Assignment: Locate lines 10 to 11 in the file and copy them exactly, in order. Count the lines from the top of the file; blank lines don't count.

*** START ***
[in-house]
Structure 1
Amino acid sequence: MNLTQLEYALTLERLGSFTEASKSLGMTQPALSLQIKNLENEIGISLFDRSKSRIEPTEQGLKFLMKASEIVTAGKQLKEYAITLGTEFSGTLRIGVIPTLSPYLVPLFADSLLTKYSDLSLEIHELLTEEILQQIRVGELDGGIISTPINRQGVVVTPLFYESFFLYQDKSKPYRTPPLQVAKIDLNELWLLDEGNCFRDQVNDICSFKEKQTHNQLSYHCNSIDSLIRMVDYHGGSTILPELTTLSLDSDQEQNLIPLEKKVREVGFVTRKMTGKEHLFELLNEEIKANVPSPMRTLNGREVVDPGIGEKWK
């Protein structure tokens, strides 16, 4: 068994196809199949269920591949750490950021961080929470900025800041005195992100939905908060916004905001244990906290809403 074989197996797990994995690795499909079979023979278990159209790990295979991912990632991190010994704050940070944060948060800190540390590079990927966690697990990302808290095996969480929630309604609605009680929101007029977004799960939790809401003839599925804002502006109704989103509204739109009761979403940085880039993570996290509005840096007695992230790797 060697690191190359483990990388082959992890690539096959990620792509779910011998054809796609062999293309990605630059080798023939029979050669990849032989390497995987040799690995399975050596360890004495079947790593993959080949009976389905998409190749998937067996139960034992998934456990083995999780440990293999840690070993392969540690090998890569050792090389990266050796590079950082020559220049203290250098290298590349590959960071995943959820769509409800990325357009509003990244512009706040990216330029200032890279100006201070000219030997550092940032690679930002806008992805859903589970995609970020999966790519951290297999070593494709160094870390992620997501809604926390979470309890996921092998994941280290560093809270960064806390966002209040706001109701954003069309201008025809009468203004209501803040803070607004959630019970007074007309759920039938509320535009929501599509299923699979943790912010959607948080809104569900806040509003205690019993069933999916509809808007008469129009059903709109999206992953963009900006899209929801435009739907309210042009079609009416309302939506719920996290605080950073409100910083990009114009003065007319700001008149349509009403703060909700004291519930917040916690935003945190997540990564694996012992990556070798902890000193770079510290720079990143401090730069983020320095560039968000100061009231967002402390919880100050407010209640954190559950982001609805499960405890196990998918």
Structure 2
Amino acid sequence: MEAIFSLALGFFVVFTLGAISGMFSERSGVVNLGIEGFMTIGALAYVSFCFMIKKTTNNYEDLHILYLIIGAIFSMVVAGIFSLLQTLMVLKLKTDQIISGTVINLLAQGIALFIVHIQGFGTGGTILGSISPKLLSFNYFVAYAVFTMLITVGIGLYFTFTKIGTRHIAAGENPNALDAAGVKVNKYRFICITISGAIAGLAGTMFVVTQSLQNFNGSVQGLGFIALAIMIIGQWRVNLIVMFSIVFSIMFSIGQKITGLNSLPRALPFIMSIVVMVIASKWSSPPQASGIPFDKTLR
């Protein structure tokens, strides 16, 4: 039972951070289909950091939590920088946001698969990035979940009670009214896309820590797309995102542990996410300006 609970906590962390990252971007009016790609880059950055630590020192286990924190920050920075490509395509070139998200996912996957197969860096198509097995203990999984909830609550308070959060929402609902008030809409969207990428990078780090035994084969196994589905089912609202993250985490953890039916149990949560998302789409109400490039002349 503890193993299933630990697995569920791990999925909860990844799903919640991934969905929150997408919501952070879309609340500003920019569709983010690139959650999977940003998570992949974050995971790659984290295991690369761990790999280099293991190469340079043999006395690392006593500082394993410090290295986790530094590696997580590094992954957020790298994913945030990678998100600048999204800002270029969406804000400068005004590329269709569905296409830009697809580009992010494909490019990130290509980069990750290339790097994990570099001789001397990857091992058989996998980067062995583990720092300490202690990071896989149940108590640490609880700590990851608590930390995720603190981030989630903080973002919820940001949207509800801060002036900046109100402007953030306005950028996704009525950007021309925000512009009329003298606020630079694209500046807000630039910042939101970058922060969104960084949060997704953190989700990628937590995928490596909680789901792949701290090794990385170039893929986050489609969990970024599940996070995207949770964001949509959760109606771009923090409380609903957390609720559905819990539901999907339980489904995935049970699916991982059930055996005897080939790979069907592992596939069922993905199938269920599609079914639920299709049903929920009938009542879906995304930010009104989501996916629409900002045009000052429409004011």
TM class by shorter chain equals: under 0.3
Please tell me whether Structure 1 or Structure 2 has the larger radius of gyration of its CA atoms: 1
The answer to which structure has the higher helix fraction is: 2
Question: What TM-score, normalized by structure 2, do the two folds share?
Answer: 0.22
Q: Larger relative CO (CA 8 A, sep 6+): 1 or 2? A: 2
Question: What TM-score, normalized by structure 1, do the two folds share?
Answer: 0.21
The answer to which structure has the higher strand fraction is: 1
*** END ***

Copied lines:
The answer to which structure has the higher helix fraction is: 2
Question: What TM-score, normalized by structure 2, do the two folds share?